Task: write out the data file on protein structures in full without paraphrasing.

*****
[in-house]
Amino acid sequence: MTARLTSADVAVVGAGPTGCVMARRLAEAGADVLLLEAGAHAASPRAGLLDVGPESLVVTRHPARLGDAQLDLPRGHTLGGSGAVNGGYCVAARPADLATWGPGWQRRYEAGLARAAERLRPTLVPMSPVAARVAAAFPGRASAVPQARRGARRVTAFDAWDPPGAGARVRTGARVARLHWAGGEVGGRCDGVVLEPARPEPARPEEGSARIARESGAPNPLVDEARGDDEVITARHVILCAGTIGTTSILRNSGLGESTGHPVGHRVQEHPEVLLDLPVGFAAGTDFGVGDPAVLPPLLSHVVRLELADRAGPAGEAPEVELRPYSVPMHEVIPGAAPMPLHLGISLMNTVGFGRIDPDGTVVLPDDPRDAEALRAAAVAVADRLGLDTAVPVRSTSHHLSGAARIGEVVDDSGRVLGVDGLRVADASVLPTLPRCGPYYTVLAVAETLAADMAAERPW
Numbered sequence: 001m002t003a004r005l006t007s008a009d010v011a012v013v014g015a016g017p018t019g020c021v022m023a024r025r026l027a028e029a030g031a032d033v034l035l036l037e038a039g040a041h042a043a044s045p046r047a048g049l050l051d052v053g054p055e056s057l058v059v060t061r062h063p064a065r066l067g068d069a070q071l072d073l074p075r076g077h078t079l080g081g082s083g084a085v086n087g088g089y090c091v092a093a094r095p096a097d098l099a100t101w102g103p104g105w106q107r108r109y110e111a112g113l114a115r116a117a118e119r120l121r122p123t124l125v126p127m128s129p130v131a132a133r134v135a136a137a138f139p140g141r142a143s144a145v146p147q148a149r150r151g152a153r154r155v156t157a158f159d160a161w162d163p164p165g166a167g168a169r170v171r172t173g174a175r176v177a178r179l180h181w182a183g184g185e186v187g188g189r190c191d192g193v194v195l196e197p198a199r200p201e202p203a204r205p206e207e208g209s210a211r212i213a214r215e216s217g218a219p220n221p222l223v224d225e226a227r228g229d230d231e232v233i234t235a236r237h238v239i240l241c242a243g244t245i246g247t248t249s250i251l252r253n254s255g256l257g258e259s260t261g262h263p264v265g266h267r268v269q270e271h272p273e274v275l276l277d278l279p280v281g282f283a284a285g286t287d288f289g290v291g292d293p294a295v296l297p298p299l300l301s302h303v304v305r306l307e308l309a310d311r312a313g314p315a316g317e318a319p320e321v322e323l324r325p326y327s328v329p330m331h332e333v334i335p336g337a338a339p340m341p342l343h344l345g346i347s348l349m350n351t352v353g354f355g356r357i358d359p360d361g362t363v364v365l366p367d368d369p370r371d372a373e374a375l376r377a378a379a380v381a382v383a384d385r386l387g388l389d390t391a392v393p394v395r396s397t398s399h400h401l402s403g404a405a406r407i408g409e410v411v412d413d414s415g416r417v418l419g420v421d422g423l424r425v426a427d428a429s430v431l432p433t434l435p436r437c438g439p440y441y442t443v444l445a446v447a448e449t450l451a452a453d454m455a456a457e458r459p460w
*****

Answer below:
[in-house]
Amino acid sequence: MTARLTSADVAVVGAGPTGCVMARRLAEAGADVLLLEAGAHAASPRAGLLDVGPESLVVTRHPARLGDAQLDLPRGHTLGGSGAVNGGYCVAARPADLATWGPGWQRRYEAGLARAAERLRPTLVPMSPVAARVAAAFPGRASAVPQARRGARRVTAFDAWDPPGAGARVRTGARVARLHWAGGEVGGRCDGVVLEPARPEPARPEEGSARIARESGAPNPLVDEARGDDEVITARHVILCAGTIGTTSILRNSGLGESTGHPVGHRVQEHPEVLLDLPVGFAAGTDFGVGDPAVLPPLLSHVVRLELADRAGPAGEAPEVELRPYSVPMHEVIPGAAPMPLHLGISLMNTVGFGRIDPDGTVVLPDDPRDAEALRAAAVAVADRLGLDTAVPVRSTSHHLSGAARIGEVVDDSGRVLGVDGLRVADASVLPTLPRCGPYYTVLAVAETLAADMAAERPW
Numbered sequence: 001m002t003a004r005l006t007s008a009d010v011a012v013v014g015a016g017p018t019g020c021v022m023a024r025r026l027a028e029a030g031a032d033v034l035l036l037e038a039g040a041h042a043a044s045p046r047a048g049l050l051d052v053g054p055e056s057l058v059v060t061r062h063p064a065r066l067g068d069a070q071l072d073l074p075r076g077h078t079l080g081g082s083g084a085v086n087g088g089y090c091v092a093a094r095p096a097d098l099a100t101w102g103p104g105w106q107r108r109y110e111a112g113l114a115r116a117a118e119r120l121r122p123t124l125v126p127m128s129p130v131a132a133r134v135a136a137a138f139p140g141r142a143s144a145v146p147q148a149r150r151g152a153r154r155v156t157a158f159d160a161w162d163p164p165g166a167g168a169r170v171r172t173g174a175r176v177a178r179l180h181w182a183g184g185e186v187g188g189r190c191d192g193v194v195l196e197p198a199r200p201e202p203a204r205p206e207e208g209s210a211r212i213a214r215e216s217g218a219p220n221p222l223v224d225e226a227r228g229d230d231e232v233i234t235a236r237h238v239i240l241c242a243g244t245i246g247t248t249s250i251l252r253n254s255g256l257g258e259s260t261g262h263p264v265g266h267r268v269q270e271h272p273e274v275l276l277d278l279p280v281g282f283a284a285g286t287d288f289g290v291g292d293p294a295v296l297p298p299l300l301s302h303v304v305r306l307e308l309a310d311r312a313g314p315a316g317e318a319p320e321v322e323l324r325p326y327s328v329p330m331h332e333v334i335p336g337a338a339p340m341p342l343h344l345g346i347s348l349m350n351t352v353g354f355g356r357i358d359p360d361g362t363v364v365l366p367d368d369p370r371d372a373e374a375l376r377a378a379a380v381a382v383a384d385r386l387g388l389d390t391a392v393p394v395r396s397t398s399h400h401l402s403g404a405a406r407i408g409e410v411v412d413d414s415g416r417v418l419g420v421d422g423l424r425v426a427d428a429s430v431l432p433t434l435p436r437c438g439p440y441y442t443v444l445a446v447a448e449t450l451a452a453d454m455a456a457e458r459p460w